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HIV-Positive Woman Gets Her Massage Therapy License, but Investigation of Los Angeles Police Commission Continues

By Andrea Skopp

February 2001

After making a living in social work, I thought that a new career in the massage profession would be relatively stress-free. Boy, was I ever in for a rude awakening!

The massage profession is regarded very differently in Albuquerque, N.M., than it is in Los Angeles. If you tell a stranger in Albuquerque that you make a living as a massage therapist, you will undoubtedly get a respectful response.

Try that same scenario in Los Angeles (L.A.) and there's a good chance that the person will give you a leering, hubba-hubba look.

In Los Angeles, free periodicals like the L.A. Weekly are filled with page after page of "sensuous massage" ads from women with names like FiFi or Lola. Open a free periodical in Albuquerque or flip through the massage listings of any New Mexico yellow pages, and you will be hard-pressed to find even one ad of questionable legitimacy.

"Sleazy until proven otherwise" is the prevalent attitude toward massage therapists in Los Angeles. I could deal with that if that was the only thing I had to face, but thanks to the L.A. Police Commission that definitely has not been the case!

Business Ambitions

After completing a 750-hour massage therapy program and graduating from massage school in January 2000, I returned to my native California with plans of starting my own massage business.

Working primarily with other HIV-positive people was, and still is, my intention. I have first-hand knowledge of the importance of touch, and know how damaging the lack of it can be. Giving and receiving non-sexual, nurturing touch is what massage therapy is all about, and I was eager to bring my skills to the HIV community.

On March 22, 2000, I picked up a massage license packet from the Tax and Permit Division of the L.A. City Clerk's Office in Van Nuys. As if it wasn't offensive enough to discover the entity in charge of licensing was none other than the L.A. Police Commission, I was shocked to read that one of the licensing requirements was a negative "HTLV III (AIDS) test!"

Throughout the packet, I found the stipulation that the massage license applicant be "free of communicable disease." Of course, that should have read "free of airborne communicable disease," but we're not dealing with the sharpest knives in the drawer here.

Fortunately, I was familiar with the Americans with Disabilities Act (ADA), and I contacted the HIV/AIDS Legal Services Alliance (HALSA) for advice. Thanks to the expert guidance and assistance of my lawyer, Brad Sears, a grievance was filed with the Office of Civil Rights (OCR), in San Francisco.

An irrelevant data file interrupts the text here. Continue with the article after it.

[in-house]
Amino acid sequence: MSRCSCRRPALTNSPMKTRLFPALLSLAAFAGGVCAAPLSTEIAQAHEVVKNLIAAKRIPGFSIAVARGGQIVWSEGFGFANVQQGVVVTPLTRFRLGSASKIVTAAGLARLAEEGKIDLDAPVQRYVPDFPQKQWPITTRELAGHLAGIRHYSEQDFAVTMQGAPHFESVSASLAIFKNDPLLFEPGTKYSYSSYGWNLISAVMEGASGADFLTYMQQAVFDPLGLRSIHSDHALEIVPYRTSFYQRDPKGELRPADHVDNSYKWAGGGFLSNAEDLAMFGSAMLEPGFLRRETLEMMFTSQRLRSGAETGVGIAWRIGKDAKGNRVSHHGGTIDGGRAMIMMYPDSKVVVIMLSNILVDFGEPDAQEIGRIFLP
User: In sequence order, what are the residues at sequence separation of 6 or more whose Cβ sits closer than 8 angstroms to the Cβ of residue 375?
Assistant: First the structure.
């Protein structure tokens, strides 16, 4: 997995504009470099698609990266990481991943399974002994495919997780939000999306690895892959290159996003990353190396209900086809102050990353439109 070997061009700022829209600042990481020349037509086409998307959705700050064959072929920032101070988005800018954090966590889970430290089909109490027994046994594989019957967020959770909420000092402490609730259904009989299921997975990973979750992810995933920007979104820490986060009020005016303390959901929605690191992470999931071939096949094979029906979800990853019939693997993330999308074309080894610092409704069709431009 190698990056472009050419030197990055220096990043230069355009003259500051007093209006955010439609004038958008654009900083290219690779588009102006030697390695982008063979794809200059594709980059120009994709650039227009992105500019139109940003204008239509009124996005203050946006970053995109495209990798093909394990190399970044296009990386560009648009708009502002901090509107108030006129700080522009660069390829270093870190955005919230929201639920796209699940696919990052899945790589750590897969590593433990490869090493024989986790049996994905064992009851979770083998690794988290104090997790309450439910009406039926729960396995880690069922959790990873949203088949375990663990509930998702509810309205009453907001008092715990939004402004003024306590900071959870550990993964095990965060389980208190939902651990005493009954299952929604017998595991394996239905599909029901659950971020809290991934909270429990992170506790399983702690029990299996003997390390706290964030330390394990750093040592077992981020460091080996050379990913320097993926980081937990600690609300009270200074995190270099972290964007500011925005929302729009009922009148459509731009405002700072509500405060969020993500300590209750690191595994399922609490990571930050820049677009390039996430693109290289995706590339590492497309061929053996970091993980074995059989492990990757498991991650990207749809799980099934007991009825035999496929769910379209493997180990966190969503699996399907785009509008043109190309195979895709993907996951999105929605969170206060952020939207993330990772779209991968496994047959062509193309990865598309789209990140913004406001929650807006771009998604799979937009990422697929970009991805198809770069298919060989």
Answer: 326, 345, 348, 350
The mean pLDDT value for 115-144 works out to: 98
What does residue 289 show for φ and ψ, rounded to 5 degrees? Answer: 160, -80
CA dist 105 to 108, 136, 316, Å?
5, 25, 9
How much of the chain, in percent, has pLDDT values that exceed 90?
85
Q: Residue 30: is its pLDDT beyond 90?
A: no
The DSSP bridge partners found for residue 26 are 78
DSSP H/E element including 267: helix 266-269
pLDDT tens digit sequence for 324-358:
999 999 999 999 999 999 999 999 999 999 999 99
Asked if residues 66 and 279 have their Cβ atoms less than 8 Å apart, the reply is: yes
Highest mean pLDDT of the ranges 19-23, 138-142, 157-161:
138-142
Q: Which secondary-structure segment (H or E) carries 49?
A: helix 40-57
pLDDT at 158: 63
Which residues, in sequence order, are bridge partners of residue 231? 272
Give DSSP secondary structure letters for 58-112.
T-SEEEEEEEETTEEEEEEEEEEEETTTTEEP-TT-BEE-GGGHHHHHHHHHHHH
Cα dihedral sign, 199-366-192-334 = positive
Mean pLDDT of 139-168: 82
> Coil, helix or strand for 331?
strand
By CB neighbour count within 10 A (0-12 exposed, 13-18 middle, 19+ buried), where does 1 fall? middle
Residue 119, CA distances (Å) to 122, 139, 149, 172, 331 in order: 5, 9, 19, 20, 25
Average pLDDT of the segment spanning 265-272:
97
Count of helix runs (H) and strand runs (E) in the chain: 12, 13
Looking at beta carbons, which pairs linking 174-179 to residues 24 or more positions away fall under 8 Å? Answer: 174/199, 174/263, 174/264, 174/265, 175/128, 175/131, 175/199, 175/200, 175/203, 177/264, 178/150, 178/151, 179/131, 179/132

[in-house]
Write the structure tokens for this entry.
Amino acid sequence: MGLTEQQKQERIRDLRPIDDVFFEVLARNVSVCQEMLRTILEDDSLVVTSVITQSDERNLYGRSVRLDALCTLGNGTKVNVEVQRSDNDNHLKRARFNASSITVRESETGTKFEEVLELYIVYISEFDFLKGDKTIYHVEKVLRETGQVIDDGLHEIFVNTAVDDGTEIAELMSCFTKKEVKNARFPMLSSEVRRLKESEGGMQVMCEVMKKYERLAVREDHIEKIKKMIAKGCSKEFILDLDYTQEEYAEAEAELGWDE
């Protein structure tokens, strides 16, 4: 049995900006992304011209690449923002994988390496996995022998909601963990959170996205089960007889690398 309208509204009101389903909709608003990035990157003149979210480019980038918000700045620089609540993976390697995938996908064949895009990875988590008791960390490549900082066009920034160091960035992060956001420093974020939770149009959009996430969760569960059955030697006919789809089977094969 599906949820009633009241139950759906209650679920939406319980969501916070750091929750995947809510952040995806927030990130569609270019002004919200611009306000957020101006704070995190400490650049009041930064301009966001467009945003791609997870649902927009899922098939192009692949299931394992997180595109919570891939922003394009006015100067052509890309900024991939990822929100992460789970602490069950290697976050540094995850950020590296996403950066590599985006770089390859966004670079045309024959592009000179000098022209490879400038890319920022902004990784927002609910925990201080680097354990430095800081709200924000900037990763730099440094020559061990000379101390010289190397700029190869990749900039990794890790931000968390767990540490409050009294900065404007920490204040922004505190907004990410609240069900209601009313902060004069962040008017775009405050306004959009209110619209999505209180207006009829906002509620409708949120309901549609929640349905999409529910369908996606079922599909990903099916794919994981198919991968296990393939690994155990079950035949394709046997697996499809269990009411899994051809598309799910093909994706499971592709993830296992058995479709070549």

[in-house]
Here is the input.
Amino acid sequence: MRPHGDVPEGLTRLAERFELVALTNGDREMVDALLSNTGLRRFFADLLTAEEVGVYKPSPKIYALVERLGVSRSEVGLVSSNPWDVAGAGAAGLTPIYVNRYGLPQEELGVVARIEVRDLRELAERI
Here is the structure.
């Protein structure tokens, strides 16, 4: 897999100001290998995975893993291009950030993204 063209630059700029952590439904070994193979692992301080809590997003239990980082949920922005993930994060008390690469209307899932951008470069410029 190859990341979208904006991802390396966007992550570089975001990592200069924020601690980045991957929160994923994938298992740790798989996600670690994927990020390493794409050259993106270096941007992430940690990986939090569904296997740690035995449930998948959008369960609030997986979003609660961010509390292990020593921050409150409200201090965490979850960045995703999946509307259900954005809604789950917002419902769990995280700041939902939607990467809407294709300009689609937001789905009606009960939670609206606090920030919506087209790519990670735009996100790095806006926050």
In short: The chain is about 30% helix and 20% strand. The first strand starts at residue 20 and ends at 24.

OCR is a branch of the Department of Health and Human Services, a.k.a. "the Feds." Equal Opportunity Specialist Brock Evans was the attorney assigned to the case after it was received on July 12, 2000.

My case was not the first attempt to end HIV discrimination against massage therapists in Los Angeles. Two previous attempts to end the HIV discrimination had been made -- once by the Americans Civil Liberties Union (ACLU) in the early '90s, and once by HALSA, in 1997. In each instance, "The Fuzz" slithered back to its old, slimy ways.

On Nov. 8, OCR completed its investigation of the grievance, and issued a report of its findings to Brad Sears, and L.A. City Attorney James K. Hahn. OCR found the City of Los Angeles, through its Police Commission, in violation of several codes from Title II of the ADA. The City was given the opportunity to submit a plan to achieve compliance with the ADA within 30 days of the report. If OCR does not receive the plan by the deadline, it will issue a formal noncompliance letter of findings. If there is no voluntary resolution of the matter after that, the whole matter will be referred to the Department of Justice.

The plan must include a commitment that the city will take all of the following specific actions; and provide OCR with documentation that certain actions have been completed, including the following:

Empowering Act

Although the grievance interviews with my lawyer were long and draining, knowing that we were doing something to fight back was very empowering.

My massage license actually did arrive last November. I wish that could be the happy conclusion to this story. But as of this writing, other actions have yet to be completed by the deadline imposed by the OCR.

We shall see what happens.

The investigation involving the licensing of HIV-positive massage therapists in the city of Los Angeles is still under way. Watch Positive Living for further developments.


This article has been reprinted at The Body with the permission of AIDS Project Los Angeles (APLA). This article was taken from APLA's Positive Living newsletter.




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